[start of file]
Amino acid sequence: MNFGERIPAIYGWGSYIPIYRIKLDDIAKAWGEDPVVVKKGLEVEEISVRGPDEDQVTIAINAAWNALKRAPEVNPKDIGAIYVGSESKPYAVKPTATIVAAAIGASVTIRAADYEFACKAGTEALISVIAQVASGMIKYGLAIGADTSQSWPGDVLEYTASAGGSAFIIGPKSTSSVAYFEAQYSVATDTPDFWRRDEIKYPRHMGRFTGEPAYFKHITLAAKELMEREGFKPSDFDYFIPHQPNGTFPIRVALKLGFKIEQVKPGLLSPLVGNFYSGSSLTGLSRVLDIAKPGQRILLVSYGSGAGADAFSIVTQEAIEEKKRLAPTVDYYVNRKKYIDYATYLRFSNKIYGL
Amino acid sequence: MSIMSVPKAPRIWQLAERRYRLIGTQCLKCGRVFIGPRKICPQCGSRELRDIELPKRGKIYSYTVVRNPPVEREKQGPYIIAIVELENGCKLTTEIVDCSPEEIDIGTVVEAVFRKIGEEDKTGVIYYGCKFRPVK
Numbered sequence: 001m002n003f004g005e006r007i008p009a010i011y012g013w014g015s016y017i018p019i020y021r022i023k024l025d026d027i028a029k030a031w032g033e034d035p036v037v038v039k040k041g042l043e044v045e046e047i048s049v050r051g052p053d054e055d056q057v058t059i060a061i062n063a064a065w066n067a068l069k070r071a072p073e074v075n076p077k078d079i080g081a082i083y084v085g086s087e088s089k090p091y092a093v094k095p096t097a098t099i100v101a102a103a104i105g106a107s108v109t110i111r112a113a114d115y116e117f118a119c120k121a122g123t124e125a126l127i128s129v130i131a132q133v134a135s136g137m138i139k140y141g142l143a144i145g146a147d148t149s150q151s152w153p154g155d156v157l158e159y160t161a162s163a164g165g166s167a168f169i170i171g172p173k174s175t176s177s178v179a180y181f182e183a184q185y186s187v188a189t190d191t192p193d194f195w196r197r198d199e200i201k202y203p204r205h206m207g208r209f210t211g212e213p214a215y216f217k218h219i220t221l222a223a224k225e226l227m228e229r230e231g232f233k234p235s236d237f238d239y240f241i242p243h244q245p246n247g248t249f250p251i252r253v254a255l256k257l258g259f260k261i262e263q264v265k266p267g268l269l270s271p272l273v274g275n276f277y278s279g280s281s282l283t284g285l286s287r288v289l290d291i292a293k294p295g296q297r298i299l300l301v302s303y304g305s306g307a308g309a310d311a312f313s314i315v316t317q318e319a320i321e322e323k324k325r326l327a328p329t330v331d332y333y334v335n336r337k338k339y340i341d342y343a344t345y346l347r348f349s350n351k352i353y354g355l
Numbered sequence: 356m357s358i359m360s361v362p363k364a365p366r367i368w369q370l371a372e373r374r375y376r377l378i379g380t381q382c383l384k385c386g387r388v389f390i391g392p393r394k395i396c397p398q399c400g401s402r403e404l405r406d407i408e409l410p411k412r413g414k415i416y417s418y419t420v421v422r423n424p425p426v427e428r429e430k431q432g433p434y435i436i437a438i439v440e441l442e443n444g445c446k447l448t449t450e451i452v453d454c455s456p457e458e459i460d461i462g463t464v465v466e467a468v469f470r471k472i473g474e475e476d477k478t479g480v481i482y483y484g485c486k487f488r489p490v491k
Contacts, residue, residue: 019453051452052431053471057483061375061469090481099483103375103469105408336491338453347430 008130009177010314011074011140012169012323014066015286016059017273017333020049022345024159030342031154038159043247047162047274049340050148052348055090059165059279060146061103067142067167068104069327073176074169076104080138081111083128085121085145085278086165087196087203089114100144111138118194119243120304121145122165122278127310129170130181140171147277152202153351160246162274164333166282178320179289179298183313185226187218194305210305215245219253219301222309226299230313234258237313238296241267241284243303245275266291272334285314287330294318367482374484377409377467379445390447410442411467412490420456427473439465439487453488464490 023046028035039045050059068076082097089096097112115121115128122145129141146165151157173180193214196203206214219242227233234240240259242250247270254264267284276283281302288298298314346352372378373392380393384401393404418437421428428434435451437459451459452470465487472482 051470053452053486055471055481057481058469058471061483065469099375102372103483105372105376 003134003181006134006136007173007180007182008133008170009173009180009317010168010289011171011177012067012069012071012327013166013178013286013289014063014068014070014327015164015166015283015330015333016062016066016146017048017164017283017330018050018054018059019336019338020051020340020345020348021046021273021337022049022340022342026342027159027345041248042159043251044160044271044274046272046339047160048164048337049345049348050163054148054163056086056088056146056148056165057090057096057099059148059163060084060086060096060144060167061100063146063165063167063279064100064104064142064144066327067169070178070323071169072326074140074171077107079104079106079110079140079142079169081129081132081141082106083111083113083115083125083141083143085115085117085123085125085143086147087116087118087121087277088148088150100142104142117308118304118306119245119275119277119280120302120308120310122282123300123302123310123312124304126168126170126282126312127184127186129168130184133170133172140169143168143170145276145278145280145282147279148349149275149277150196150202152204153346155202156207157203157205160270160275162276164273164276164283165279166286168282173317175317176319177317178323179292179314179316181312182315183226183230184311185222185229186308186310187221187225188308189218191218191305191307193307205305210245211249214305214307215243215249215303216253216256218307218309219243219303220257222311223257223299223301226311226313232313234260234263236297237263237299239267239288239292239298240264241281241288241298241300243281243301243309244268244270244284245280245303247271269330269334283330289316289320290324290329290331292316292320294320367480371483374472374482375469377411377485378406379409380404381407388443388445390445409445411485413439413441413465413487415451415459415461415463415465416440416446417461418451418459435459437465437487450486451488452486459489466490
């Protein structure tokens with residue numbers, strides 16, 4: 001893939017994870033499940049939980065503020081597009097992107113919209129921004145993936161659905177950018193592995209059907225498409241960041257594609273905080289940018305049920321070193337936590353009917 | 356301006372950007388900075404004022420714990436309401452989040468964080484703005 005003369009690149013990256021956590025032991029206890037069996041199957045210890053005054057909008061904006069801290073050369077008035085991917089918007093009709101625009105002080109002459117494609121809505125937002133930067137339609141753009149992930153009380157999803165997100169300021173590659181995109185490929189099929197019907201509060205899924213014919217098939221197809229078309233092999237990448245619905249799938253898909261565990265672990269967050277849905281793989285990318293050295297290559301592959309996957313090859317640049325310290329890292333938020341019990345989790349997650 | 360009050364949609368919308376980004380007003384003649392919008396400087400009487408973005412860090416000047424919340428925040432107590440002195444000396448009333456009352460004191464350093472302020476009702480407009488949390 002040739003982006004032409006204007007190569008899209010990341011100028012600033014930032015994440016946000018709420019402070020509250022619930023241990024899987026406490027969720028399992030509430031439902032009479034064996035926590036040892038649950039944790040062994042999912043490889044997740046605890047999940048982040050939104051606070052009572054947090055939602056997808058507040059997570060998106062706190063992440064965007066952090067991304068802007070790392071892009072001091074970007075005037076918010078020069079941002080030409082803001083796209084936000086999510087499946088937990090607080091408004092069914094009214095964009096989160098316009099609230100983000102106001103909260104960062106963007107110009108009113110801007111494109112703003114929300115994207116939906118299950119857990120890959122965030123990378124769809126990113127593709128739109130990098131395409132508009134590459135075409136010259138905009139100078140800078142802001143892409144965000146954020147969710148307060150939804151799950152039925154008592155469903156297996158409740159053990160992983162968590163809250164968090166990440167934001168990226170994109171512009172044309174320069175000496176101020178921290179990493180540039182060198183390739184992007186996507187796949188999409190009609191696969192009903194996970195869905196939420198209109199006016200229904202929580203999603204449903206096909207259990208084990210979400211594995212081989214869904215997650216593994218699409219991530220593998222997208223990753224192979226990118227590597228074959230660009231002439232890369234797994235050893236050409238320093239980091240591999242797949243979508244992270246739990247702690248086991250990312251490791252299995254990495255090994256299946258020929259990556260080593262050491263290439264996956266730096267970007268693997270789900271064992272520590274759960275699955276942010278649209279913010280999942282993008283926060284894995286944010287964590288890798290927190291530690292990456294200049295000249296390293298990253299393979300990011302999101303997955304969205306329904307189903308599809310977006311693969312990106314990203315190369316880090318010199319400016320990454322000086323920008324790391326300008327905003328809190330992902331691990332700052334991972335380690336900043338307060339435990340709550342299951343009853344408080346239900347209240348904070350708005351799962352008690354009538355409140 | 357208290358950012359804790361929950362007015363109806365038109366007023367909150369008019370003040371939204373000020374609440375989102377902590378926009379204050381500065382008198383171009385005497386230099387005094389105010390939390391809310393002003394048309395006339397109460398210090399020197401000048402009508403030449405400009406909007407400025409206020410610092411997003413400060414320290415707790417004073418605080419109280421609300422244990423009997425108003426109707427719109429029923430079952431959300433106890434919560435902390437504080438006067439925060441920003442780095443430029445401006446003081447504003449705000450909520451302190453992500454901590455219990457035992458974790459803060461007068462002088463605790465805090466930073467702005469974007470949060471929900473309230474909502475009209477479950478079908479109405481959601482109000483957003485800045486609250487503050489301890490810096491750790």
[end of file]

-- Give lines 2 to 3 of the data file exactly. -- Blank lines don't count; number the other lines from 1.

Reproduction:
Amino acid sequence: MSIMSVPKAPRIWQLAERRYRLIGTQCLKCGRVFIGPRKICPQCGSRELRDIELPKRGKIYSYTVVRNPPVEREKQGPYIIAIVELENGCKLTTEIVDCSPEEIDIGTVVEAVFRKIGEEDKTGVIYYGCKFRPVK
Numbered sequence: 001m002n003f004g005e006r007i008p009a010i011y012g013w014g015s016y017i018p019i020y021r022i023k024l025d026d027i028a029k030a031w032g033e034d035p036v037v038v039k040k041g042l043e044v045e046e047i048s049v050r051g052p053d054e055d056q057v058t059i060a061i062n063a064a065w066n067a068l069k070r071a072p073e074v075n076p077k078d079i080g081a082i083y084v085g086s087e088s089k090p091y092a093v094k095p096t097a098t099i100v101a102a103a104i105g106a107s108v109t110i111r112a113a114d115y116e117f118a119c120k121a122g123t124e125a126l127i128s129v130i131a132q133v134a135s136g137m138i139k140y141g142l143a144i145g146a147d148t149s150q151s152w153p154g155d156v157l158e159y160t161a162s163a164g165g166s167a168f169i170i171g172p173k174s175t176s177s178v179a180y181f182e183a184q185y186s187v188a189t190d191t192p193d194f195w196r197r198d199e200i201k202y203p204r205h206m207g208r209f210t211g212e213p214a215y216f217k218h219i220t221l222a223a224k225e226l227m228e229r230e231g232f233k234p235s236d237f238d239y240f241i242p243h244q245p246n247g248t249f250p251i252r253v254a255l256k257l258g259f260k261i262e263q264v265k266p267g268l269l270s271p272l273v274g275n276f277y278s279g280s281s282l283t284g285l286s287r288v289l290d291i292a293k294p295g296q297r298i299l300l301v302s303y304g305s306g307a308g309a310d311a312f313s314i315v316t317q318e319a320i321e322e323k324k325r326l327a328p329t330v331d332y333y334v335n336r337k338k339y340i341d342y343a344t345y346l347r348f349s350n351k352i353y354g355l